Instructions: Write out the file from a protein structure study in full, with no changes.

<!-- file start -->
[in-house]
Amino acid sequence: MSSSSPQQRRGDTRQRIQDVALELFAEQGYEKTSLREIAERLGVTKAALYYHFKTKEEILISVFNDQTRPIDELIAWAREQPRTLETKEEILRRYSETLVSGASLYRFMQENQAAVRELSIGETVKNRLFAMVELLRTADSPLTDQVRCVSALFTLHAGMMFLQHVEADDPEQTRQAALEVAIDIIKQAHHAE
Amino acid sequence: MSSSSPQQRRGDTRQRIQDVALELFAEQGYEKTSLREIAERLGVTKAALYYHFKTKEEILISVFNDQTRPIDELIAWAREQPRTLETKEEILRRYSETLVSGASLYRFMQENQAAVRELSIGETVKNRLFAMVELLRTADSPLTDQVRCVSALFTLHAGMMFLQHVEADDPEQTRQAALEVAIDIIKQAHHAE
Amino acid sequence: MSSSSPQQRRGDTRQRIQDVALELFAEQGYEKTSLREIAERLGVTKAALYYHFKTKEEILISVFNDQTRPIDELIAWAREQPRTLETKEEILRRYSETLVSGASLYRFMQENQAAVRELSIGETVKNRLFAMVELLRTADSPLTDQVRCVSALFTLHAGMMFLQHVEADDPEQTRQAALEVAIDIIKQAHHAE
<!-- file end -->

[in-house]
Amino acid sequence: MSSSSPQQRRGDTRQRIQDVALELFAEQGYEKTSLREIAERLGVTKAALYYHFKTKEEILISVFNDQTRPIDELIAWAREQPRTLETKEEILRRYSETLVSGASLYRFMQENQAAVRELSIGETVKNRLFAMVELLRTADSPLTDQVRCVSALFTLHAGMMFLQHVEADDPEQTRQAALEVAIDIIKQAHHAE
Amino acid sequence: MSSSSPQQRRGDTRQRIQDVALELFAEQGYEKTSLREIAERLGVTKAALYYHFKTKEEILISVFNDQTRPIDELIAWAREQPRTLETKEEILRRYSETLVSGASLYRFMQENQAAVRELSIGETVKNRLFAMVELLRTADSPLTDQVRCVSALFTLHAGMMFLQHVEADDPEQTRQAALEVAIDIIKQAHHAE
Amino acid sequence: MSSSSPQQRRGDTRQRIQDVALELFAEQGYEKTSLREIAERLGVTKAALYYHFKTKEEILISVFNDQTRPIDELIAWAREQPRTLETKEEILRRYSETLVSGASLYRFMQENQAAVRELSIGETVKNRLFAMVELLRTADSPLTDQVRCVSALFTLHAGMMFLQHVEADDPEQTRQAALEVAIDIIKQAHHAE